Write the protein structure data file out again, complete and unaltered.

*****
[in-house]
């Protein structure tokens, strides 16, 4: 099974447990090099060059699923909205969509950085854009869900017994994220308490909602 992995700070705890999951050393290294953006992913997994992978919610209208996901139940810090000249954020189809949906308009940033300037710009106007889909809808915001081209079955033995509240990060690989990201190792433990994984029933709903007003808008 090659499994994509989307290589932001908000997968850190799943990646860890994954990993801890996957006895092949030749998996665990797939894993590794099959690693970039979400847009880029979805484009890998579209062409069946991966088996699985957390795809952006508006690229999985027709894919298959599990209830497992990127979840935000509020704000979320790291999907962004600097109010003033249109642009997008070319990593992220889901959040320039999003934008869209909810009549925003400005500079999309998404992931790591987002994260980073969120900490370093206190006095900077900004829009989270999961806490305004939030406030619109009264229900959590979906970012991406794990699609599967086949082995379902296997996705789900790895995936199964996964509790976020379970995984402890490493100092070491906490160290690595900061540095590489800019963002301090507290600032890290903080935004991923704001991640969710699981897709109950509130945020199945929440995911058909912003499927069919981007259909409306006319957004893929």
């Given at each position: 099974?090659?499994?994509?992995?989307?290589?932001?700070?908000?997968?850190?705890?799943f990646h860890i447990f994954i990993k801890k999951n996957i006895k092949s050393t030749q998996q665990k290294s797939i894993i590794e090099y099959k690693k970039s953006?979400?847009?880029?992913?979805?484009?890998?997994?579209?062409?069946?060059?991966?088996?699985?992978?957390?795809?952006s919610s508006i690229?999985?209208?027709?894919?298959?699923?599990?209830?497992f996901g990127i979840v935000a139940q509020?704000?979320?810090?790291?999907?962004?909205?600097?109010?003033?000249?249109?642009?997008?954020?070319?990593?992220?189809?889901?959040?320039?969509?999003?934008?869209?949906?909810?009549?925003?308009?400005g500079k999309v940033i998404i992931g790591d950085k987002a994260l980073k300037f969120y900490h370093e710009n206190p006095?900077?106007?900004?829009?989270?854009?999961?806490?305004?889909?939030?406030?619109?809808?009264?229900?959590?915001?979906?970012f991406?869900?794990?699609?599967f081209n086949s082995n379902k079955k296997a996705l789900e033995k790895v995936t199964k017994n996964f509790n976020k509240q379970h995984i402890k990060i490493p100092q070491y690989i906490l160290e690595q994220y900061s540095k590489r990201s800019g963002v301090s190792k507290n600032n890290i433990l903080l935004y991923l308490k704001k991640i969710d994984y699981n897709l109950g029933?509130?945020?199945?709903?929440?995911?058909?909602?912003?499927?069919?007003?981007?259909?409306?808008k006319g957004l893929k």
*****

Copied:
[in-house]
């Protein structure tokens, strides 16, 4: 099974447990090099060059699923909205969509950085854009869900017994994220308490909602 992995700070705890999951050393290294953006992913997994992978919610209208996901139940810090000249954020189809949906308009940033300037710009106007889909809808915001081209079955033995509240990060690989990201190792433990994984029933709903007003808008 090659499994994509989307290589932001908000997968850190799943990646860890994954990993801890996957006895092949030749998996665990797939894993590794099959690693970039979400847009880029979805484009890998579209062409069946991966088996699985957390795809952006508006690229999985027709894919298959599990209830497992990127979840935000509020704000979320790291999907962004600097109010003033249109642009997008070319990593992220889901959040320039999003934008869209909810009549925003400005500079999309998404992931790591987002994260980073969120900490370093206190006095900077900004829009989270999961806490305004939030406030619109009264229900959590979906970012991406794990699609599967086949082995379902296997996705789900790895995936199964996964509790976020379970995984402890490493100092070491906490160290690595900061540095590489800019963002301090507290600032890290903080935004991923704001991640969710699981897709109950509130945020199945929440995911058909912003499927069919981007259909409306006319957004893929």
């Given at each position: 099974?090659?499994?994509?992995?989307?290589?932001?700070?908000?997968?850190?705890?799943f990646h860890i447990f994954i990993k801890k999951n996957i006895k092949s050393t030749q998996q665990k290294s797939i894993i590794e090099y099959k690693k970039s953006?979400?847009?880029?992913?979805?484009?890998?997994?579209?062409?069946?060059?991966?088996?699985?992978?957390?795809?952006s919610s508006i690229?999985?209208?027709?894919?298959?699923?599990?209830?497992f996901g990127i979840v935000a139940q509020?704000?979320?810090?790291?999907?962004?909205?600097?109010?003033?000249?249109?642009?997008?954020?070319?990593?992220?189809?889901?959040?320039?969509?999003?934008?869209?949906?909810?009549?925003?308009?400005g500079k999309v940033i998404i992931g790591d950085k987002a994260l980073k300037f969120y900490h370093e710009n206190p006095?900077?106007?900004?829009?989270?854009?999961?806490?305004?889909?939030?406030?619109?809808?009264?229900?959590?915001?979906?970012f991406?869900?794990?699609?599967f081209n086949s082995n379902k079955k296997a996705l789900e033995k790895v995936t199964k017994n996964f509790n976020k509240q379970h995984i402890k990060i490493p100092q070491y690989i906490l160290e690595q994220y900061s540095k590489r990201s800019g963002v301090s190792k507290n600032n890290i433990l903080l935004y991923l308490k704001k991640i969710d994984y699981n897709l109950g029933?509130?945020?199945?709903?929440?995911?058909?909602?912003?499927?069919?007003?981007?259909?409306?808008k006319g957004l893929k």